You have permission to edit this article.
Edit

Reviving the Kamehameha butterfly population at Tantalus

  • Comments
  • 3 min to read
Kamehameha Butterfly

A male Kamehameha butterfly warming up before flying off. Butterflies of the species have spots at the tips of their wings. In males, some or all of these spots are light orange, while females have white spots.

A Department of Land and Natural Resources (DLNR) researcher and a volunteer restoration group are giving the Kamehameha butterfly (Vanessa tameamea) a shot at repopulation in the Tantalus area.

The Mānoa Cliff Forest Restoration Project (MCFRP) volunteer group and Will Haines, an entomologist for the DLNR, are doing what they can to bring the butterflies back to the area, where they have not been seen for nearly 40 years.

“We don’t know why the butterflies disappeared from Tantalus,” Haines said. “My former grad student … inferred that birds were having a pretty big impact.”

Will Haines

Will Haines, an entomologist for the Department of Land and Natural Resources, releasing Kamehameha butterflies at the 6-acre plot in Tantalus maintained by the Mānoa Cliffs Forest Restoration Project.

The MCFRP has cleared a six-acre plot of invasive plant species, including cinnamon trees (Cinnamomum zeylancium) that block sunlight from reaching the forest understory, not far from the Mānoa Cliff Trail. 

The group’s volunteers have been maintaining the plot since 2005, and now that it has an open canopy that better supports native flora, It could be a suitable place to revive the local Kamehameha butterfly population.

The endangered Kamehameha butterfly (“Pulelehua” in Hawaiian) became the state’s insect in 2009. It is one of two butterfly species that are endemic to Hawai‘i and used to be common in the Tantalus area in the 1980s, but is no longer found there naturally.

Haines has started releasing butterflies and caterpillars there in pulses, the first in March of 2017 and the second in December. He released about 200 individuals each time. He said they have appeared to survive well enough in the plot, but never found evidence of a second generation either time.

Haines realized that releasing the butterflies in March correlated with the breeding period of some possible predatory birds, which may have spelled doom for those individuals. 

He suspects birds also played a role in the poor results of the December release. 

“That was kind of surprising, and we’re not exactly sure what ate them,” Haines said. “We plan to do the same thing again, but monitor bird predation more directly, either using cameras or by sitting and watching what happens.”

The butterfly likely has more than just birds to deal with in the area.

“There aren’t any really bad invasive ants at Tantalus, but there are a lot of [non-native] birds, as well as spiders and other invertebrate predators,” Haines said.

Layla Rhode

Layla Rohde, Haines’ assistant in releasing Kamehameha butterflies, holding one of the butterflies they bred. It was early in the morning, so the butterflies took their time warming up before they flew away.

In conjunction with the Honolulu Zoo, Haines and Layla Rohde, who has been assisting in the project, decided to release caterpillars on māmaki plants along with adults in the December pulse.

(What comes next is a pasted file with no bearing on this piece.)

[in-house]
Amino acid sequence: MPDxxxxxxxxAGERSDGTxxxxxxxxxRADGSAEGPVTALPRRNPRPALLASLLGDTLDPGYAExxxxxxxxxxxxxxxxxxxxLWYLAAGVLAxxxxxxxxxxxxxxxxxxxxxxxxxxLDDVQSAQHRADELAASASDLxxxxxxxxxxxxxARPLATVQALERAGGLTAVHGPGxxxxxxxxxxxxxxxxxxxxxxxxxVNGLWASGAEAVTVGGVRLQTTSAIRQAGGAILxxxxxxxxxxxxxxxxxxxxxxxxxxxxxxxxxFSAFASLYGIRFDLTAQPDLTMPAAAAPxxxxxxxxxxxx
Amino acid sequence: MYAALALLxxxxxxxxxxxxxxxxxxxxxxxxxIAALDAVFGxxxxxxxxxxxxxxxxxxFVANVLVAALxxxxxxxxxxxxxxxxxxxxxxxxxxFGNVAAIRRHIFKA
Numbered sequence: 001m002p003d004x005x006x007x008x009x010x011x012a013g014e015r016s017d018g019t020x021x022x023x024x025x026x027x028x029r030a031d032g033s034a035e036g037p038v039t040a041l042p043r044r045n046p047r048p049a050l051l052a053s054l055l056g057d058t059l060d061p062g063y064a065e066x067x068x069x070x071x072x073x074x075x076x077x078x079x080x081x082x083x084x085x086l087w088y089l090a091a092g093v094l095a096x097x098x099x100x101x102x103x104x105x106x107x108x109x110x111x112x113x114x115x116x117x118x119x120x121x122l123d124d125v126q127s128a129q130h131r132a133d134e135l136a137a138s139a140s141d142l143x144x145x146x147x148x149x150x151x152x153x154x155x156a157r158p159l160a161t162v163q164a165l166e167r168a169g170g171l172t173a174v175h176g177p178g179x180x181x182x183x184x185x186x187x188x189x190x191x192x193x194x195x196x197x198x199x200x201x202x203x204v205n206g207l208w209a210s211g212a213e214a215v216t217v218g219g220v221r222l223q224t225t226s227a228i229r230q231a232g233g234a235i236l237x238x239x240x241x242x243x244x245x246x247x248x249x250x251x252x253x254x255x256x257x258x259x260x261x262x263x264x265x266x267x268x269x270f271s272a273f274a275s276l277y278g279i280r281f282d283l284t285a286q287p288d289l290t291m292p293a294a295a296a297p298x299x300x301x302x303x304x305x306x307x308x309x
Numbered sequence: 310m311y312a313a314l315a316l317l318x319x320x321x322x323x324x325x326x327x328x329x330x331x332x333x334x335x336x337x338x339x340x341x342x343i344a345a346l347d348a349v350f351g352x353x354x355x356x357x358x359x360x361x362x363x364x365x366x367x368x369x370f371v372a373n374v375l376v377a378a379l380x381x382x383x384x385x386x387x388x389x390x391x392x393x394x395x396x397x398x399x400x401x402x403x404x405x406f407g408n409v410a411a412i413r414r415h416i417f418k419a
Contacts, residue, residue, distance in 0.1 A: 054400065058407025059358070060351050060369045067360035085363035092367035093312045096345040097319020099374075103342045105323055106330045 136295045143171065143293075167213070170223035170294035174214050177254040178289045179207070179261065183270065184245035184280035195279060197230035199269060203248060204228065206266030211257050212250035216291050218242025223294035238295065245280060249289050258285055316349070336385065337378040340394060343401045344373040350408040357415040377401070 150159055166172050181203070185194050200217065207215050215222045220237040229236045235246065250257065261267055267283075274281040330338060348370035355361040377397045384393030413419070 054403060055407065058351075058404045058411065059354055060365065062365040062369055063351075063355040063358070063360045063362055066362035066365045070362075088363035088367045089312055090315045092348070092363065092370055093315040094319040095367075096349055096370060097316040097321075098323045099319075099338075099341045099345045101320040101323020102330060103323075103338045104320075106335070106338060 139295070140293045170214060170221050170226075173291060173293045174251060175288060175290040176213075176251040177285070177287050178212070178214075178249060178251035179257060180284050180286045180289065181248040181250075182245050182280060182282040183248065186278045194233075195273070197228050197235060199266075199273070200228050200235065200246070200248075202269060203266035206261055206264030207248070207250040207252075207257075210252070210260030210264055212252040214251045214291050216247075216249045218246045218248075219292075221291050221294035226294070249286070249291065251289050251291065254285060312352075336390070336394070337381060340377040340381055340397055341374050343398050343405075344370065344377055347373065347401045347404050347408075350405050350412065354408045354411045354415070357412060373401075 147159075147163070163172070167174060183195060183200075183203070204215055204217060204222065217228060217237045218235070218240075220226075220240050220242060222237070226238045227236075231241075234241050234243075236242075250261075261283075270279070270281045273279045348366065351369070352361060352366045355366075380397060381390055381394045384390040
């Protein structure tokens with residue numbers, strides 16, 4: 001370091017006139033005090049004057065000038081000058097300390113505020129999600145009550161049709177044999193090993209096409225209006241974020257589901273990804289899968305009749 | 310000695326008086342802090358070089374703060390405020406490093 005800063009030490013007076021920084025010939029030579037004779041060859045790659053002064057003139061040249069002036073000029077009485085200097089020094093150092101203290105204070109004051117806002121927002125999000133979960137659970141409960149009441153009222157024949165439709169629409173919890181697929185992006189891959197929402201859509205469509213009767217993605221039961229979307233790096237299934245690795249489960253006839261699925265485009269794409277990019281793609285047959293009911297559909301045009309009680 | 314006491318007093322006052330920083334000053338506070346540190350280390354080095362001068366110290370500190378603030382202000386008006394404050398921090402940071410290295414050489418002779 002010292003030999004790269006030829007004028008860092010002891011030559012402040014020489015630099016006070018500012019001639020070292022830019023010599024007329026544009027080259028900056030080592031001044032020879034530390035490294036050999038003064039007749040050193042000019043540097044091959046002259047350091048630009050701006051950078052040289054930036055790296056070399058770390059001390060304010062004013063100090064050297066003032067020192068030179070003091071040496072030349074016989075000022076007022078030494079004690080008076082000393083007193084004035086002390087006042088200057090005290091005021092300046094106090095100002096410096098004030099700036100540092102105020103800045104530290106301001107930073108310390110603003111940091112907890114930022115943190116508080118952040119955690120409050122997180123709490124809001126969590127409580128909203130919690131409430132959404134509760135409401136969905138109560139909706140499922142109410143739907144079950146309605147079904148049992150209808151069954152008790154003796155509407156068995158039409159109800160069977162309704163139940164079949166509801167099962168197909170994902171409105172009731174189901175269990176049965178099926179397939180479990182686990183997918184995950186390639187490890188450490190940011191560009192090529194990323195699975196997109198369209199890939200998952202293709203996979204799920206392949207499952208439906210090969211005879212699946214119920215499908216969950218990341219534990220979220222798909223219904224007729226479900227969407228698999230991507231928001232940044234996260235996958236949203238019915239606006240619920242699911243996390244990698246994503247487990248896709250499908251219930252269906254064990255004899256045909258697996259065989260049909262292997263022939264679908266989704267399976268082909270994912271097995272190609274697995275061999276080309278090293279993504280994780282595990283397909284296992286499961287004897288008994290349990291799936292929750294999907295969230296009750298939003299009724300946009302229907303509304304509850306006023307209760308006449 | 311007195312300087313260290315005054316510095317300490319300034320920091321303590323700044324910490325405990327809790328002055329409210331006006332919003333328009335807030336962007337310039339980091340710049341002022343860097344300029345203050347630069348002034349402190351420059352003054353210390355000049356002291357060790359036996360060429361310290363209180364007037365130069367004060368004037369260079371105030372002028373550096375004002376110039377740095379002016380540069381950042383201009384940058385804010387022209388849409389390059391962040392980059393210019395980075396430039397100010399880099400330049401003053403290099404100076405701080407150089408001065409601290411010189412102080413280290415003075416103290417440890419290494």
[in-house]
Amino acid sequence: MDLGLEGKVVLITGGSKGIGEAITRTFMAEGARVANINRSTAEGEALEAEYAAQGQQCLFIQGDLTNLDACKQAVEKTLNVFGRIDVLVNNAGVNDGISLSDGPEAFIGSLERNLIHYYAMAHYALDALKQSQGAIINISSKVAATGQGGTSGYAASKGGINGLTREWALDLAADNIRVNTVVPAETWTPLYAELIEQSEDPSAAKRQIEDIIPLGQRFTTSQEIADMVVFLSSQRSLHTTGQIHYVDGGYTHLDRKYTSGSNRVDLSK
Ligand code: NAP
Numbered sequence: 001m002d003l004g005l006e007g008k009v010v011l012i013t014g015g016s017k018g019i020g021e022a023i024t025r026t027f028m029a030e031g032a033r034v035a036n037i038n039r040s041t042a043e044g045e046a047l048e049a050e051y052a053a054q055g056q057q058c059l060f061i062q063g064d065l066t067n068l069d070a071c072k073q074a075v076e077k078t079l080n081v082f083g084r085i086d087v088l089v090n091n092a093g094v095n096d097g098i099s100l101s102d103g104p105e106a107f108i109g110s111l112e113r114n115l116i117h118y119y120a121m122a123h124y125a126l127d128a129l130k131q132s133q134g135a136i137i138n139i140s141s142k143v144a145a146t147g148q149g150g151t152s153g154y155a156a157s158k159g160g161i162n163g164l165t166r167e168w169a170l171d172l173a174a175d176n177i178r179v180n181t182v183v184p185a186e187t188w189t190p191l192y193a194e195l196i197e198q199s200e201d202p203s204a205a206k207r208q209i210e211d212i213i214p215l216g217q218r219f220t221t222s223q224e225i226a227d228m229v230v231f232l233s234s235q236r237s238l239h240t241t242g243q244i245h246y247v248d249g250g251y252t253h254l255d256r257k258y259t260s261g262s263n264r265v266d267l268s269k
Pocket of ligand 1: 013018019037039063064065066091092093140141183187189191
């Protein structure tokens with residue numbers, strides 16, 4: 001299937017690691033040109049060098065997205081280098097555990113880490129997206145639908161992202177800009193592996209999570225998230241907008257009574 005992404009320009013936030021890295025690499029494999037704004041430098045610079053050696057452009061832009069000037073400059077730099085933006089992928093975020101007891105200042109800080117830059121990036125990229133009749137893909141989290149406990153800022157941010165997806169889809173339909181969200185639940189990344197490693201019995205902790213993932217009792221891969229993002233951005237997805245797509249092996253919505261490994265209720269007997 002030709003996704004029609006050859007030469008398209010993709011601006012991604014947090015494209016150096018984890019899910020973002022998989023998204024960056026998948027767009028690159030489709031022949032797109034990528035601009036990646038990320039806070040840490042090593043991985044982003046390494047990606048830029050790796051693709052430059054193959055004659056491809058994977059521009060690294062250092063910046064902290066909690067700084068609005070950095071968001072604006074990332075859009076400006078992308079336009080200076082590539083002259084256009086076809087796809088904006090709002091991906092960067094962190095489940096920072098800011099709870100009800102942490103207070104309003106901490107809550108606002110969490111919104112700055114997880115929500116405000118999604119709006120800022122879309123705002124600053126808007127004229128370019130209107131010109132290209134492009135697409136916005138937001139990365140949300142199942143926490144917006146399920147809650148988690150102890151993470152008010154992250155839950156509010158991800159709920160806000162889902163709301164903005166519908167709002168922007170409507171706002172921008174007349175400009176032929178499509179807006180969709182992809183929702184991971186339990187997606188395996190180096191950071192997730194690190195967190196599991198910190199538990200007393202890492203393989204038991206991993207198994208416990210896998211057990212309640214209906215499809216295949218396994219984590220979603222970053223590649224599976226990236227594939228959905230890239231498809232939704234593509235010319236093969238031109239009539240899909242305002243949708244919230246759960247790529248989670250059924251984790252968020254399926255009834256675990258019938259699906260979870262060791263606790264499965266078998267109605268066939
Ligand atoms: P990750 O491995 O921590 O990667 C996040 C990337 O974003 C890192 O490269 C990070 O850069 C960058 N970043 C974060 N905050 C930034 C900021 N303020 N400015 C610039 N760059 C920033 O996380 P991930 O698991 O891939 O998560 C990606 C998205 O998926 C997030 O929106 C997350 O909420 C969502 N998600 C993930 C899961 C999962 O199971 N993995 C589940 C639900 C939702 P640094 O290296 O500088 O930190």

Māmaki (Pipturus albidus), a Hawaiian nettle, is one of the most preferred food sources for the Kamehameha butterfly.

“Some [host plants] work better than others,” Haines said. “Māmaki is one of the best.” 

Kamehameha butterflies are well-adapted to māmaki. As caterpillars, they are bright green like mamaki leaves. Rohde suggested the caterpillars even look like the silhouettes created by overlapping māmaki leaves. 

“They make a little tent for themselves,” Rohde said of the caterpillars, which carve out the mamaki leaves and fold them over so they can safely hide and eat. “It’s nice for us because we can look up into the māmaki and be able to tell by the shelters … whether they were there.”

As chrysalises, they look like dried up māmaki leaves, as do the undersides of their wings as adults.

They hoped that releasing both adults and caterpillars would increase their chances of establishing a population in the plot.

The plot maintained by the MCFRP was initially chosen in 2005 by Mashuri White and Brandon Stone, the founders of the project, who saw the diversity of native flora hidden underneath the overgrowth of invasive species. They obtained a permit to maintain the plot and have been caring for it ever since.

“These trees love it. You give them open space, they go wild,” Stone said. “So you have to go in there [and] plant native stuff.”

Brandon Stone

Brandon Stone, one of the founders of the MCFRP, cuts away invasive plants. The volunteer group has been clearing and maintaining the area since June of 2005.

 

The Honolulu Zoo has been working with the DLNR’s Hawaii Invertebrate Program to breed Kamehameha butterflies, both for the zoo’s exhibit and to restore local populations like the one on Tantalus. Laura Debnar, a curator for reptiles and amphibians at the zoo, oversees the newly-built Ectotherm Complex, where the Kamehameha butterfly exhibit is located.

Debnar was unsure how well the butterflies would breed in captivity, but the zoo produced hundreds of caterpillars in its first attempt.

Beyond Haines’ efforts and smaller projects, such as the one at the zoo or UH Mānoa’s Pulelehua Project, there does not appear to be much public interest in conserving the species. One contributing factor might be because it is easy to confuse it with the monarch butterfly (Danaus plexippus), both of which have orange-red and black wings.

Haines plans to do another release sometime in April. Bird netting, camera monitoring and sticky barriers are among the techniques he is considering to identify the problem in the Tantalus area and tip the scales in favor of the butterfly.